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scott209

Stuck bolts

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Awhile back, someone posted the name of a good spray penetrating lubricant.

Does anyone remember?

Thanks, 

Scott

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Everyone has their idea of what is best. I think the best I've used is AreoKroil but it is expensive and a little hard to find.  A lot of people like PB Blaster. I believe it is a lot cheaper and it can be found at Lowes.

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There is a Utube test and that guy found Liquid Wrench did the best job,  with acetone/automatic transmission fluid mixture second.

Heat also works pretty good

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Pb blaster is pretty much all I use on the ships I’ve worked on. I’ve seen it works better if you let it soak for a while. 

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1 Liquid Wrench
2 PB Blaster

3 Kroil

4 Hot Wrench

5 Swearing

6 Easy out

7 Left handed drill bits

8 Helicoil

9 Sell it

In that order.

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Vincent......where have you been?     I like your list.

I just run across another list that someone sent me, the source is Machinist's Workshop magazine (april--june 2007)   It list the product and the amount of torque needed to break them loose.

On other details .......like how long they let the product set on the screws/bolts

None/nothing...........516 #

WD-40.......................238#

PB Blaster.................214#

Liquid Wrench.........127#

Kano Kroil................106#

ATF-Acetone mix......53#    

 

I suggest you try different ones and see what works for you.  I have used all of them on frozen headlight motor screws and in some cases plus heat and have yet to find something that will free them.

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1 hour ago, Barney Eaton said:

I have used all of them on frozen headlight motor screws and in some cases plus heat and have yet to find something that will free them.

 

Barney, you're the man when it comes to the headlight motors and you know a lot more about them than I do. From a machinist point of view, when you are removing the headlight motor screws you are dealing with an interference fit as well as torque when removing them. When those screws were originally installed I believe they  were forced into a hole without threads smaller than the diameter of the screw - much like a wood screw which has zero clearance between the threads.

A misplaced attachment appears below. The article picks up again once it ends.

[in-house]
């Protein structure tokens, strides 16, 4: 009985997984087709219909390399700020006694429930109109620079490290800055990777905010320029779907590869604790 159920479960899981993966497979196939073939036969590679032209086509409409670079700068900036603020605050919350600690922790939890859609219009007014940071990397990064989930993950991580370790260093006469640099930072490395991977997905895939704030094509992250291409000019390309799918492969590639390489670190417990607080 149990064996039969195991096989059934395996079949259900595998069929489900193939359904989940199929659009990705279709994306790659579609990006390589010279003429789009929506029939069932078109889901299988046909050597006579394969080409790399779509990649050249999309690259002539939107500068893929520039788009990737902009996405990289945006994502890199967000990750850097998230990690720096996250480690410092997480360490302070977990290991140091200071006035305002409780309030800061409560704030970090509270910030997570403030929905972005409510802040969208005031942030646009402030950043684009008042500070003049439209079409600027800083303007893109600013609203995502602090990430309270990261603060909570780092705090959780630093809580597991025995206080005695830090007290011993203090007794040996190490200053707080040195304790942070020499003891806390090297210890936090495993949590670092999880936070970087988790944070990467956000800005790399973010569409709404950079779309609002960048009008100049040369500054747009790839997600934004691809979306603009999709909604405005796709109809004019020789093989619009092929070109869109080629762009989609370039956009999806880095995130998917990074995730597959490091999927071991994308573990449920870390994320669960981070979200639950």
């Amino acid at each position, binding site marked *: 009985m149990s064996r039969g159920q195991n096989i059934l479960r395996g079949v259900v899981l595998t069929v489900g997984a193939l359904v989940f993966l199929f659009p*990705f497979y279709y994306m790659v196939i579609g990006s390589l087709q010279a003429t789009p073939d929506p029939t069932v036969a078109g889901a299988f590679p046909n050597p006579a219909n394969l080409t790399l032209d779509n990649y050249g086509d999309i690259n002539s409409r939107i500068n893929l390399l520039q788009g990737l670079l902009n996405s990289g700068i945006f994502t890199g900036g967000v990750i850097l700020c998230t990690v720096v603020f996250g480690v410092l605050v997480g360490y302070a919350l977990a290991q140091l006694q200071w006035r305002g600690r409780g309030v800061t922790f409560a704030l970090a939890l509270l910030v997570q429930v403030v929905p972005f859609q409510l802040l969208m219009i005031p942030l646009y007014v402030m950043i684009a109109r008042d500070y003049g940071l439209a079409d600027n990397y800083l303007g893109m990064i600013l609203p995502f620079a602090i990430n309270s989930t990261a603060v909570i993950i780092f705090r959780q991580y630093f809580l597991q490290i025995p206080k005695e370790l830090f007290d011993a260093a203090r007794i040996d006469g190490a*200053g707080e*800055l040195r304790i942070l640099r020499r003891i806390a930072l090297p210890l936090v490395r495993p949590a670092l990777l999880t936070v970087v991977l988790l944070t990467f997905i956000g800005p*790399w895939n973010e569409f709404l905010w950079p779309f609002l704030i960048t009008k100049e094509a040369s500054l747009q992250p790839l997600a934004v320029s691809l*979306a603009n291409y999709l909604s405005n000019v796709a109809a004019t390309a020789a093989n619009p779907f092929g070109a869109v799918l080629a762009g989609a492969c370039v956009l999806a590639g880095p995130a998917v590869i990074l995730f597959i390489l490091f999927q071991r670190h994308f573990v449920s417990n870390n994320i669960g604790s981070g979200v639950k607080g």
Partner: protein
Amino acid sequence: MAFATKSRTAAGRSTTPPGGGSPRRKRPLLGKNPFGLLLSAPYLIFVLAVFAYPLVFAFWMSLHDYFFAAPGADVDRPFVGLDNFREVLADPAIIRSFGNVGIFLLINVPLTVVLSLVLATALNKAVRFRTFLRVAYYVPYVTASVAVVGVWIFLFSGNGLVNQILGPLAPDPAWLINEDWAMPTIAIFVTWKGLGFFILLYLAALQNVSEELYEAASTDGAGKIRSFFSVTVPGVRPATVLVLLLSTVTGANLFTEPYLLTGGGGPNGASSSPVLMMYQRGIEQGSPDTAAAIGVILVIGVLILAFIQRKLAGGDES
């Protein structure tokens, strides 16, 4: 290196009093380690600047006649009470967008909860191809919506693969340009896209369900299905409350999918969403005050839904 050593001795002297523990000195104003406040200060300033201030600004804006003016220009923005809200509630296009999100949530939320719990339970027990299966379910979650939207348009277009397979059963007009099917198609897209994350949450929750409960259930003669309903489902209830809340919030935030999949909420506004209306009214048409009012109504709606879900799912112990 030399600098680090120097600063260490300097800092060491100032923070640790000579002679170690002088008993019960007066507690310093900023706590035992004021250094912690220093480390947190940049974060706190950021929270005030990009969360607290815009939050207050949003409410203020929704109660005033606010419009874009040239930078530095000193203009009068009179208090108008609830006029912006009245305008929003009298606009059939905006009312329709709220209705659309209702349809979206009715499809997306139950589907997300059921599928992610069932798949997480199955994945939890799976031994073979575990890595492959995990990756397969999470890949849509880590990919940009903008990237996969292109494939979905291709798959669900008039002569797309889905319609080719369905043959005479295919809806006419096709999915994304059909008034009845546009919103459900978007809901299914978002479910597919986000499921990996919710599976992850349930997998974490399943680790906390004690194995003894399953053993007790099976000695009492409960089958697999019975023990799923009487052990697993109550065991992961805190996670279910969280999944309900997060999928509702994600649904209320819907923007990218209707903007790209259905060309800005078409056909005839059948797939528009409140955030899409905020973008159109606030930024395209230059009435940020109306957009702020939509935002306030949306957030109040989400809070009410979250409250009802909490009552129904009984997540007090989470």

As you know, machine screws and bolts have clearance between their threads and the threads in the hole they screw into. For any penetrating oil to work there has to be clearance between the parts for a wicking action to take place to get the lubrication into the threads. With the screws you are referring to there was never any clearance between the threads making it almost impossible for a wicking action to take place.  That might explain why none of the penetrating oils work well on the headlight motor screws.

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Ronnie.........I do not consider myself a machinist, tool maker, or any of those specialized fields.... I spent 38 years in manufacturing,  first as a fixture, tool designer, then in processes, machine design, and a lot of other manufacturing areas....even a little time in quality.  The problem with the Reatta headlight screws... as you pointed out.........they used case hardened thread forming screws.....(for anyone not familiar with these,  there is a pilot hole in the soft aluminum casting, with an air power driver the thread forming screw, cuts into the metal and forms its own threads, saving time and money in manufacturing the assembly)..so there is little or no thread clearance.   When a little salt laden moisture gets in the area, the screws just lock in place.  The screws have 8-32 threads and it is pretty easy to snap off the hex head.   I use carbide drills to get the broken part out....it is a time consuming operation and the one thing you DON"T want to do is break off a carbide drill inside the screw.

There are some exceptions.......it appears that late replacement headlight motors were built differently......they either tapped the holes in the casting, used a different type of screw,  or possibly lubricated the screws.

Headlight motors with date codes a year or two later than the end of Reatta  do not have a problem with the screws breaking.   Unfortunately this is a small number of the motors I see.

 

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